Remember that one day when you could wake up without an alarm? When you would get your favorite bowl of cereal and sit between the hours of 8 and 12? This is a blog dedicated to the greatest time of our childhood: Saturday mornings. The television programs you watched, the memories attached to them, and maybe introducing you to something you didn't realize existed. Updated every weekend.
While sleeping during a train ride
in 1926, E.B. White
had a dream about a tiny boy who acted like a rat. That little boy soon became
Stuart Little, a little mouse that was the son of a human family. White wrote
down several stories starring Stuart and read them to his nieces and nephews.
After a decade of encouragement from various associates, White finally finished
scribing Stuart’s adventures. Stuart Littlewas released in 1945 by Harper & Brothers (now HarperCollins),
featuring illustrations by Garth Williams.
The book largely followed Stuart and
his family as they dealt with his small size. Stuart becomes protective of a
small bird named Margalo that was adopted by the family, and keeps her safe
from their malevolent cat, Snowbell. When she’s warned that one of Snowbell’s
friends planned to eat her, Margalo flees and Stuart sets out on a
cross-country trip to find her in a gas-powered model car.
In 1999, the book was loosely
adapted in a major motion picture by Franklin/Waterman Productions
and Global Medien GK for Columbia Pictures. Stuart Little is a live-action movie
that featured a CGI Stuart (Michael J. Fox) that
was adopted by the Little family. Stuart’s step-brother, George (Jonathan Lipnicki), had a hard time
adjusting to having a mouse for a brother. Likewise, family cat Snowbell (Nathan Lane) was mortified to be
living with his natural enemy. Just as events started to bring the family into
cohesion, Stuart’s natural parents supposedly show up to reclaim him in a plot
cooked up by neighborhood cats to remove Stuart from the house. The film was
written by M. Night Shyamalan
and Greg Brooker, directed by
Rob Minkoff, and also
featured Hugh Laurie and Geena
Davis as Frederick and Eleanor Little, and Steve Zahn as Snowbell’s friend
The film was released on December
17, 1999 and become a box office success. Columbia greenlit a sequel, this time
penned by Douglas Wick and Bruce Joel Rubin. Stuart Little 2 incorporated more
elements from the original book into its story. It introduced Margalo (Melanie Griffith) who initially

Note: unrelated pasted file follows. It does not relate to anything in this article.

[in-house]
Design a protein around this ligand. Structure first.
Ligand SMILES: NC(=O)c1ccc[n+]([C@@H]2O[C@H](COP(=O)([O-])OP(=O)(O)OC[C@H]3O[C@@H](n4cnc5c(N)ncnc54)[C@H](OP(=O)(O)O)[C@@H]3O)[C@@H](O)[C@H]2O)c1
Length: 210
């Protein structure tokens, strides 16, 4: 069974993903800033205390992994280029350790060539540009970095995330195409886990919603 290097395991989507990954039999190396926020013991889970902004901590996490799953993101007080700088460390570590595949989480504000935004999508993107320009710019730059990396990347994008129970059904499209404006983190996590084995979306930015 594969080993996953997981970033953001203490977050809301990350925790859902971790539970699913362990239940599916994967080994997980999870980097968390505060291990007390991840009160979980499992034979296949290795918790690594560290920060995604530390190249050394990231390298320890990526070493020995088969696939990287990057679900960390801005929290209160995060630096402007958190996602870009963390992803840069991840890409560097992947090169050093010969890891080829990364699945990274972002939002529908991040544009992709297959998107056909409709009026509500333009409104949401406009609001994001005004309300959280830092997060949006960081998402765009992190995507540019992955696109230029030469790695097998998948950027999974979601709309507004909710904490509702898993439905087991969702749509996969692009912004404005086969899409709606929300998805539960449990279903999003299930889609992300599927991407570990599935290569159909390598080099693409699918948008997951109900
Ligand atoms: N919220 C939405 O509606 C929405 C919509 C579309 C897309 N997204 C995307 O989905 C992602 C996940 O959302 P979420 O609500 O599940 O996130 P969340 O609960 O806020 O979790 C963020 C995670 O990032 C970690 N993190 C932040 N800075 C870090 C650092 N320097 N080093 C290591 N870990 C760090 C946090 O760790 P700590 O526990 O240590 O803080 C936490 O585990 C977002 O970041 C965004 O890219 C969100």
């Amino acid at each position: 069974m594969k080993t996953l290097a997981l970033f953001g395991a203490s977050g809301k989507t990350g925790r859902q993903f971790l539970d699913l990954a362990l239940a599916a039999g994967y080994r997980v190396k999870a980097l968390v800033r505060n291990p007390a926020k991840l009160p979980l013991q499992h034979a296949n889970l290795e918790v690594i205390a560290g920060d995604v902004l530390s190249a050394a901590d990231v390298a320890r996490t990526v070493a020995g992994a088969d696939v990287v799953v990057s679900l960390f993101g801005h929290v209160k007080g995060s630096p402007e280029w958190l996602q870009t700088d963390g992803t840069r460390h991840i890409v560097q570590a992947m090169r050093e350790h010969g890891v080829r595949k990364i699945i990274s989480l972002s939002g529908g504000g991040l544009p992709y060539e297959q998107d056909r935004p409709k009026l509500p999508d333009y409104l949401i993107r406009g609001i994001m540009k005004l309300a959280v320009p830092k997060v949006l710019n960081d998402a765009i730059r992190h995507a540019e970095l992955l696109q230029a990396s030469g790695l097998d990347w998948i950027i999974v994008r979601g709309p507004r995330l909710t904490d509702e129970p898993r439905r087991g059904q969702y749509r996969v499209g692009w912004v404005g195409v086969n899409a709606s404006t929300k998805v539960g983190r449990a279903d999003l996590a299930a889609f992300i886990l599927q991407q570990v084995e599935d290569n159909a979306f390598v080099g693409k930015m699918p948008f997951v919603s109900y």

worked for the sinister Falcon (James
Woods) as a thief. She conned her way into the Little household but was
soon taken with the family and couldn’t steal from them; leading her into
trouble with Falcon. The film also introduced Martha (Anna & Ashley Hoelck), the Littles’ new
baby daughter. Released on July 19, 2002, the film didn’t perform as well as
the first but was still moderately successful.
In 2003, Sony Pictures Television decided to
translate the films into an animated series. Developed by Melody Fox, who also served as
the head writer, Stuart Little picked
up from where the second movie left off. It followed the adventures of Stuart
(David Kaufman) as he helped his family out of jams and learned lessons about
life. Laurie was the only actor from the films to reprise his role of Frederick
Little. The remaining cast was filled out with Myles Jeffrey as George, Kevin
Schon (with Quinton Flynn doing some episodes) as Snowbell, Jennifer Hale as
Eleanor and Martha, and Andre Sogliuzzo as Monty. Mark Hamill would assume the
role of Falcon in a guest-appearance, as would Kathy
Najimy with Margalo. This series marked Kaufman’s second time taking over a
Fox role, the first being that of Marty McFly in Back
to the Future: The Animated Series. Likewise, Schon and Flynn had
previously assumed Lane’s role voicing Timon for the latter half of The
Lion King’s Timon and Pumbaa.
The Littles: Frederick, Eleanor, George, Martha, Snowbell and Stuart.
The final installment in the Stuart Little franchise came in 2005
with the direct-to-video release of Stuart
Little 3: Call of the Wild. Unlike the previous films, that one was
completely animated but most of the original cast returned to reprise their
roles. The only exceptions were Corey
Padnos as George, Rino Romano
as Monty, and Schon again voicing Snowbell. The film was poorly received and
critically panned as being radically inferior to the first two.
Meatloaf Bandit” (3/1/03) – George and Stuart set up traps and a dog to protect
their house from a meatloaf bandit.
Model Driver” (3/8/03) – George decides to build his own car so he can drive
around just like Stuart.
Little” (3/15/03) – While participating in the school picnic, George and Stuart
believe the family they keep losing games to is cheating.
Said, He Said” (3/22/03) – George thinks Will sabotaged Stuart’s car after it
crashes during a race.
Great Outdoors” (3/29/03) – Raccoons make off with the Littles’ hiking
equipment during a camping trip.
Liberty and the Pursuit of Taco Tuesday” (4/5/03) – Stuart is inspired by the
replacement of Taco Tuesday with fish tacos to run for class president.
Little Big Record” (4/12/03) – Reading a book of world records on a rainy day
inspire George and Stuart to try and break a record of their own.
Dogz” (4/19/03) – George and Stuart become obsessed with skateboarding to the
detriment of their schoolwork.
in Housekeeping” (4/26/03) – George and Stuart help Frederick with the
housework when Eleanor falls ill.
Little Too Fast” (5/3/03) – George and Stuart speed through the country fair in
order to get on all the rides before they have to go home.
Job is Too Little” (5/10/03) – Stuart and George take on odd jobs in order to
make money for Eleanor’s birthday present.
Little Bit Country” (5/17/03) – Stuart encounters the Falcon on their Uncle
Little Vacation” (5/24/03) – While staying at a hotel waiting for Uncle
Crenshaw, Stuart and George come to believe the place is haunted.